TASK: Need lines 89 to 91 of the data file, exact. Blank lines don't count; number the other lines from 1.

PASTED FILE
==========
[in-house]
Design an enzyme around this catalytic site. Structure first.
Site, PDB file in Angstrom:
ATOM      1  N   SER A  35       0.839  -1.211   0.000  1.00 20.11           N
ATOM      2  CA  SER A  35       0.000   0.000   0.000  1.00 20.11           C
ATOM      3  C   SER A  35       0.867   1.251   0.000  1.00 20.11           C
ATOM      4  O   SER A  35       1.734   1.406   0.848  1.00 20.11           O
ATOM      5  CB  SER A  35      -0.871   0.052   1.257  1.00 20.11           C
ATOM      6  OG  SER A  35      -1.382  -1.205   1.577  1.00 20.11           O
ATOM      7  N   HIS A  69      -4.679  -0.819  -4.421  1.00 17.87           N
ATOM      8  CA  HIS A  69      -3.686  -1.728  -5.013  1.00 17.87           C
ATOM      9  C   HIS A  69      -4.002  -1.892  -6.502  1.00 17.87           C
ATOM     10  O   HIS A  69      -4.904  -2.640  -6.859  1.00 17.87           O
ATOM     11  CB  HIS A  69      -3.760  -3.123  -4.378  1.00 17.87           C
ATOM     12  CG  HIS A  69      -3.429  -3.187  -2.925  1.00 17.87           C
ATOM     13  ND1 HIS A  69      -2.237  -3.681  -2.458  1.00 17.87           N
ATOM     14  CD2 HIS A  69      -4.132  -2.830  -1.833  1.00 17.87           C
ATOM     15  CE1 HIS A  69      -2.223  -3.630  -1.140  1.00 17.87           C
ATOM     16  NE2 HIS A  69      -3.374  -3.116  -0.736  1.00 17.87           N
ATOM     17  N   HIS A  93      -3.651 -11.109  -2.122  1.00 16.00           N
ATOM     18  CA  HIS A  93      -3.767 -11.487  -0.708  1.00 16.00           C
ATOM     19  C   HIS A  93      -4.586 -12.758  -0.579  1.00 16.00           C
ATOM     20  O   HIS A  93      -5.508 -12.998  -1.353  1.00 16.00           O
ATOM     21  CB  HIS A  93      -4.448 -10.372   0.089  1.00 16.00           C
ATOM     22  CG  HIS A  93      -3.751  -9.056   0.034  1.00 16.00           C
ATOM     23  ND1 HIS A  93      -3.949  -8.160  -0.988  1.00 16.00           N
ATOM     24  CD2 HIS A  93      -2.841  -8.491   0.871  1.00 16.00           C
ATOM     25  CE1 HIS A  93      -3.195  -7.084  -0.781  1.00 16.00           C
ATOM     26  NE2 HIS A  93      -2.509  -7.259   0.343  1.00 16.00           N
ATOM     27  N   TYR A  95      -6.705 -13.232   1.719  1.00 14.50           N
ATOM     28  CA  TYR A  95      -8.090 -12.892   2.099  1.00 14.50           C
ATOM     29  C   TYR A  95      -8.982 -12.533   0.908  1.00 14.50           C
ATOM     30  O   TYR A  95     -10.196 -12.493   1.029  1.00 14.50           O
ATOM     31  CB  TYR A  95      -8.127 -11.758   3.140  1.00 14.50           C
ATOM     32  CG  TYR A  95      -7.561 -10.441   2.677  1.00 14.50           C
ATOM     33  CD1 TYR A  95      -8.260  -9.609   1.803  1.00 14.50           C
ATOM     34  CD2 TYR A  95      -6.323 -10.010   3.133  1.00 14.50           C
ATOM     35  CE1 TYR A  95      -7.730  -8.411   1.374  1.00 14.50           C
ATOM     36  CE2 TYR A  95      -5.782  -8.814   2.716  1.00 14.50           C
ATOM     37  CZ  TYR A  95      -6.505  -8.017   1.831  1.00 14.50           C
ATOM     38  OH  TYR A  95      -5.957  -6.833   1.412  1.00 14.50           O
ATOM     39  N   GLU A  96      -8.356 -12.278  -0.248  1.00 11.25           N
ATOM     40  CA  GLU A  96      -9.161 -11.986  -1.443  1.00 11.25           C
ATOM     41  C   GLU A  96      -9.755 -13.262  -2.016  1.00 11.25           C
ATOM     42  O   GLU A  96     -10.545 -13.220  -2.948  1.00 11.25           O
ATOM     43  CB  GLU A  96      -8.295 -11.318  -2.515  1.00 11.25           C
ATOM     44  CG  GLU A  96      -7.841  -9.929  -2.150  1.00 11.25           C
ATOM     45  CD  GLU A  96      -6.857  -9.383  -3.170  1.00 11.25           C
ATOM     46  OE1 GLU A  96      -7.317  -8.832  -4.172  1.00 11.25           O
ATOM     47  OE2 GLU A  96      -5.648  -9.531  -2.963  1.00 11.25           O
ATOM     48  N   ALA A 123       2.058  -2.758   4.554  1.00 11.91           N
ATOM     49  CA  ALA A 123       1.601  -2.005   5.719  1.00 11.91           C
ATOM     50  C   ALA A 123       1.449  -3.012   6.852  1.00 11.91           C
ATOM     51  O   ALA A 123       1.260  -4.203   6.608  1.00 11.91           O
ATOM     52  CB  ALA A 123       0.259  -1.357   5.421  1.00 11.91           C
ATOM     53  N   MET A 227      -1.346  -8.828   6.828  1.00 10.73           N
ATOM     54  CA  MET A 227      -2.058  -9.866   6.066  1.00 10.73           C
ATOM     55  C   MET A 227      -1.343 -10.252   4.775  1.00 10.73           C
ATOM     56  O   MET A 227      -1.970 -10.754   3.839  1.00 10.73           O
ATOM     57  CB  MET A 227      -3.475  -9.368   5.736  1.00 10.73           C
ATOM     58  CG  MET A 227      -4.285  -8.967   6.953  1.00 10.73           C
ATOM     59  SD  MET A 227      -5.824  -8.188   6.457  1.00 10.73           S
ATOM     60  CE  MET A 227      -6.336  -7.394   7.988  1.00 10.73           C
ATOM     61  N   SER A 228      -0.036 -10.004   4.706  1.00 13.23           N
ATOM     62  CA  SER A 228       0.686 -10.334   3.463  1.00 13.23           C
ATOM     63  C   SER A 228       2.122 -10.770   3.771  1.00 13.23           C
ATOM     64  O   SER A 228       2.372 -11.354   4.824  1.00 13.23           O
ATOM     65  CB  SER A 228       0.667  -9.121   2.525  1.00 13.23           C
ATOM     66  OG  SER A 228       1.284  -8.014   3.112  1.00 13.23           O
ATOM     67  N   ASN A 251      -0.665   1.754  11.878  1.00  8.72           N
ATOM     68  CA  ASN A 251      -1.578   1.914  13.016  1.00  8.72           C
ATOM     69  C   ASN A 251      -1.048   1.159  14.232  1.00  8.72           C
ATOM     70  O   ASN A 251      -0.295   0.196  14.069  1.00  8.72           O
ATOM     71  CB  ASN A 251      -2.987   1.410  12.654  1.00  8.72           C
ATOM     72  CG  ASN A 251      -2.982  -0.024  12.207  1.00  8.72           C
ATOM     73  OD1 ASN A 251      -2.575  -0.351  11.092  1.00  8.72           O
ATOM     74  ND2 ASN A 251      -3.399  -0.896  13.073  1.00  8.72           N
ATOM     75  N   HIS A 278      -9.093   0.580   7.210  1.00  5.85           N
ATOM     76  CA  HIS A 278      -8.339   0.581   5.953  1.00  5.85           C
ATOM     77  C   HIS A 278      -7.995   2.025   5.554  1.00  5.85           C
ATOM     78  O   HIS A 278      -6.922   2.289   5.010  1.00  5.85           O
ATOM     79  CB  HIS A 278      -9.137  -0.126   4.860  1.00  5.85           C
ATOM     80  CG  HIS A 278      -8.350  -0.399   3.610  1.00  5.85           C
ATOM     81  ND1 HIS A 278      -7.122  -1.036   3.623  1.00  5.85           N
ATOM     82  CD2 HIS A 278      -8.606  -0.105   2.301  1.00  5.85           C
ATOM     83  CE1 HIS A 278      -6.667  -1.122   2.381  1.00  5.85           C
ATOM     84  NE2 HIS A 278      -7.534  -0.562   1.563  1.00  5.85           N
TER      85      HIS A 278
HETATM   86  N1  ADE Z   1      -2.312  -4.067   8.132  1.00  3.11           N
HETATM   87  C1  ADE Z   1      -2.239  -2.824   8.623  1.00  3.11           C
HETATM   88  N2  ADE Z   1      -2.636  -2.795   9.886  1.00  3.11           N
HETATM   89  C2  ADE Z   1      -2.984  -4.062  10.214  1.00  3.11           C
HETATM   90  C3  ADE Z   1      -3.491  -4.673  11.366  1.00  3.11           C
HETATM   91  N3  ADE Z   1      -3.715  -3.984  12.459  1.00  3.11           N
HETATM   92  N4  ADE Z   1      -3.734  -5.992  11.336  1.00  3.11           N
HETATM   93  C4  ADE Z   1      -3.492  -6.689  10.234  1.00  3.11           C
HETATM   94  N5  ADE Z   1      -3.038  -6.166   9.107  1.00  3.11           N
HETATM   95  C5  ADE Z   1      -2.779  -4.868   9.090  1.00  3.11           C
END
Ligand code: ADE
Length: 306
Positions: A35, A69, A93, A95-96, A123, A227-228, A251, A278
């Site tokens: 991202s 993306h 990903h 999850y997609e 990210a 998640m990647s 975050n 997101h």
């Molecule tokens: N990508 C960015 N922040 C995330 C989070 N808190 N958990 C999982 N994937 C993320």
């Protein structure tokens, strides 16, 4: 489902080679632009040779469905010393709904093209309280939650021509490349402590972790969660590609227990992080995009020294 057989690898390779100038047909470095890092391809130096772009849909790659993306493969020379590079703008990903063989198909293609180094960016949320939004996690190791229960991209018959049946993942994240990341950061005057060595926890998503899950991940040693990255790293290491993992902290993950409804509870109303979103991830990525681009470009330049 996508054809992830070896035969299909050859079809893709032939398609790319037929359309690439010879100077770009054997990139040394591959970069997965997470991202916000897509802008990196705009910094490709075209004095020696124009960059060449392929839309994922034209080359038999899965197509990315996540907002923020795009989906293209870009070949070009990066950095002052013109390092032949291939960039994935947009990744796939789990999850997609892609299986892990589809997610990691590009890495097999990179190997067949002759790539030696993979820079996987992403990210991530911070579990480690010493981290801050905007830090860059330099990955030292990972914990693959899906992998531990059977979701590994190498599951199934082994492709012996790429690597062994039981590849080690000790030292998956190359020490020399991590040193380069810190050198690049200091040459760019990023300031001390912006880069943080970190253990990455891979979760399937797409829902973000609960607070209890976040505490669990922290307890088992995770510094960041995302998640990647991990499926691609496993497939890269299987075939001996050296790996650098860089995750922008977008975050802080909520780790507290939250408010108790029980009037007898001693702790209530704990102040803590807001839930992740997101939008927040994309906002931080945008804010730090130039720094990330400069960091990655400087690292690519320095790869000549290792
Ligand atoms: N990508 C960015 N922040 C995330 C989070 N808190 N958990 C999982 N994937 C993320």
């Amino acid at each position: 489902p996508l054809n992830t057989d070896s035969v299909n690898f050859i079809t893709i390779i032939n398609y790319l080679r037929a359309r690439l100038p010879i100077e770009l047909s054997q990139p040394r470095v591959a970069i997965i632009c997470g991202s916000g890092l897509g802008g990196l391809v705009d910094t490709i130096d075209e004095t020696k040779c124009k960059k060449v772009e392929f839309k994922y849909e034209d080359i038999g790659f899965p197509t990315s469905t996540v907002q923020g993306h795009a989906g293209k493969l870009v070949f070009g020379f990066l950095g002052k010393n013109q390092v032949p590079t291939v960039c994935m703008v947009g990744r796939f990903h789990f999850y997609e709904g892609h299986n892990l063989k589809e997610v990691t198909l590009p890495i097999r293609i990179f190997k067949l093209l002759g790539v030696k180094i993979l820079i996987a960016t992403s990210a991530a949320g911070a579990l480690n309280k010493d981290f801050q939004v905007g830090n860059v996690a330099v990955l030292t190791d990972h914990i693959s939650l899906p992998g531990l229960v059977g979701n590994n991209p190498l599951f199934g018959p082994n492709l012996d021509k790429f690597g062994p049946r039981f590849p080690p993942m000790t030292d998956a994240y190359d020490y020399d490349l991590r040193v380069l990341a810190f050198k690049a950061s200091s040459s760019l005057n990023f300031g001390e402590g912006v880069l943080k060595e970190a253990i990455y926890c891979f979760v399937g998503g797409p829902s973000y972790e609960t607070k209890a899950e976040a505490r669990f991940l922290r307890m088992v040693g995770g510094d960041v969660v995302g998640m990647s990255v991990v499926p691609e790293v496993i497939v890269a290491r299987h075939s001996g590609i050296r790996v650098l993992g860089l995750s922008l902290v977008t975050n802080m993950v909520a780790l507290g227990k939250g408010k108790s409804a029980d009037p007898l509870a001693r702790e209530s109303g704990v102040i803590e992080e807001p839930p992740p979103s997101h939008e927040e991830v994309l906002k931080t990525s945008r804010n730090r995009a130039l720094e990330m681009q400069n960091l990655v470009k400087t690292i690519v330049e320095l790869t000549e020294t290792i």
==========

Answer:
HETATM   86  N1  ADE Z   1      -2.312  -4.067   8.132  1.00  3.11           N
HETATM   87  C1  ADE Z   1      -2.239  -2.824   8.623  1.00  3.11           C
HETATM   88  N2  ADE Z   1      -2.636  -2.795   9.886  1.00  3.11           N